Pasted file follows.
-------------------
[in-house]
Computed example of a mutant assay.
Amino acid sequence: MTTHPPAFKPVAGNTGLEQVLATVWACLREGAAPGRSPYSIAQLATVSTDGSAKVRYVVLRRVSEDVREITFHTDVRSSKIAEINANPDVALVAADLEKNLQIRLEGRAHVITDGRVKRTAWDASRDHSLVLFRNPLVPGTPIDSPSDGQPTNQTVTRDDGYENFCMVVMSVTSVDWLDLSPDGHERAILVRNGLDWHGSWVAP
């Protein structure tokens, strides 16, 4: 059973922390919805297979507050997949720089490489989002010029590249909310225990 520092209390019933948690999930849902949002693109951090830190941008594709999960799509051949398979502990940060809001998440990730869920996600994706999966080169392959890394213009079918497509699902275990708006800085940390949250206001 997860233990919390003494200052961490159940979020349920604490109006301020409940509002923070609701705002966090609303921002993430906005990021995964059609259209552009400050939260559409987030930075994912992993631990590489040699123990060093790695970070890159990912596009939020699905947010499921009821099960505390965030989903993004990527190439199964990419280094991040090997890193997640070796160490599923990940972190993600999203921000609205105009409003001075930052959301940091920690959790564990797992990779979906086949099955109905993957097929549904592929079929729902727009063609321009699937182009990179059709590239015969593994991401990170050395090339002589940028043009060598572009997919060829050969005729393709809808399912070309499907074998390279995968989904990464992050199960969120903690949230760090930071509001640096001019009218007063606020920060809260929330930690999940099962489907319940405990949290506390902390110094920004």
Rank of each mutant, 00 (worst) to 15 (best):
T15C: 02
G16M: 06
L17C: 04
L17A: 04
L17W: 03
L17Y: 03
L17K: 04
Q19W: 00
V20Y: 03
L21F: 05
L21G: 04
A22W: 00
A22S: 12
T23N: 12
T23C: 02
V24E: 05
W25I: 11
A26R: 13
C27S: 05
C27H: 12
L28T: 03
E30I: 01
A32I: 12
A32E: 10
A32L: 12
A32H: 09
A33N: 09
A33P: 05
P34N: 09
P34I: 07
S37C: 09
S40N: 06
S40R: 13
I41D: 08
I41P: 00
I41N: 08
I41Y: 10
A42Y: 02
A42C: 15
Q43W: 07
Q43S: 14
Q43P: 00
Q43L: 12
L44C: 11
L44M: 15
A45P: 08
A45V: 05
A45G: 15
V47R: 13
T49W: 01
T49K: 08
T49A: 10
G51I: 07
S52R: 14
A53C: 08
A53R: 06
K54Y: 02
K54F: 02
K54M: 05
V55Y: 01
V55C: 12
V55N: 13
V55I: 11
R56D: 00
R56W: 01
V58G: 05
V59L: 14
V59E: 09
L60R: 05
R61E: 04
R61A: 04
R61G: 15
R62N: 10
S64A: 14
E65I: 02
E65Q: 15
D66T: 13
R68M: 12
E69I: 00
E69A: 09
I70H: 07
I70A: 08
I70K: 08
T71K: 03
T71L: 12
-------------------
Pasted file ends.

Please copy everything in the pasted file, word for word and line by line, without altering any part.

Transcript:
[in-house]
Computed example of a mutant assay.
Amino acid sequence: MTTHPPAFKPVAGNTGLEQVLATVWACLREGAAPGRSPYSIAQLATVSTDGSAKVRYVVLRRVSEDVREITFHTDVRSSKIAEINANPDVALVAADLEKNLQIRLEGRAHVITDGRVKRTAWDASRDHSLVLFRNPLVPGTPIDSPSDGQPTNQTVTRDDGYENFCMVVMSVTSVDWLDLSPDGHERAILVRNGLDWHGSWVAP
């Protein structure tokens, strides 16, 4: 059973922390919805297979507050997949720089490489989002010029590249909310225990 520092209390019933948690999930849902949002693109951090830190941008594709999960799509051949398979502990940060809001998440990730869920996600994706999966080169392959890394213009079918497509699902275990708006800085940390949250206001 997860233990919390003494200052961490159940979020349920604490109006301020409940509002923070609701705002966090609303921002993430906005990021995964059609259209552009400050939260559409987030930075994912992993631990590489040699123990060093790695970070890159990912596009939020699905947010499921009821099960505390965030989903993004990527190439199964990419280094991040090997890193997640070796160490599923990940972190993600999203921000609205105009409003001075930052959301940091920690959790564990797992990779979906086949099955109905993957097929549904592929079929729902727009063609321009699937182009990179059709590239015969593994991401990170050395090339002589940028043009060598572009997919060829050969005729393709809808399912070309499907074998390279995968989904990464992050199960969120903690949230760090930071509001640096001019009218007063606020920060809260929330930690999940099962489907319940405990949290506390902390110094920004």
Rank of each mutant, 00 (worst) to 15 (best):
T15C: 02
G16M: 06
L17C: 04
L17A: 04
L17W: 03
L17Y: 03
L17K: 04
Q19W: 00
V20Y: 03
L21F: 05
L21G: 04
A22W: 00
A22S: 12
T23N: 12
T23C: 02
V24E: 05
W25I: 11
A26R: 13
C27S: 05
C27H: 12
L28T: 03
E30I: 01
A32I: 12
A32E: 10
A32L: 12
A32H: 09
A33N: 09
A33P: 05
P34N: 09
P34I: 07
S37C: 09
S40N: 06
S40R: 13
I41D: 08
I41P: 00
I41N: 08
I41Y: 10
A42Y: 02
A42C: 15
Q43W: 07
Q43S: 14
Q43P: 00
Q43L: 12
L44C: 11
L44M: 15
A45P: 08
A45V: 05
A45G: 15
V47R: 13
T49W: 01
T49K: 08
T49A: 10
G51I: 07
S52R: 14
A53C: 08
A53R: 06
K54Y: 02
K54F: 02
K54M: 05
V55Y: 01
V55C: 12
V55N: 13
V55I: 11
R56D: 00
R56W: 01
V58G: 05
V59L: 14
V59E: 09
L60R: 05
R61E: 04
R61A: 04
R61G: 15
R62N: 10
S64A: 14
E65I: 02
E65Q: 15
D66T: 13
R68M: 12
E69I: 00
E69A: 09
I70H: 07
I70A: 08
I70K: 08
T71K: 03
T71L: 12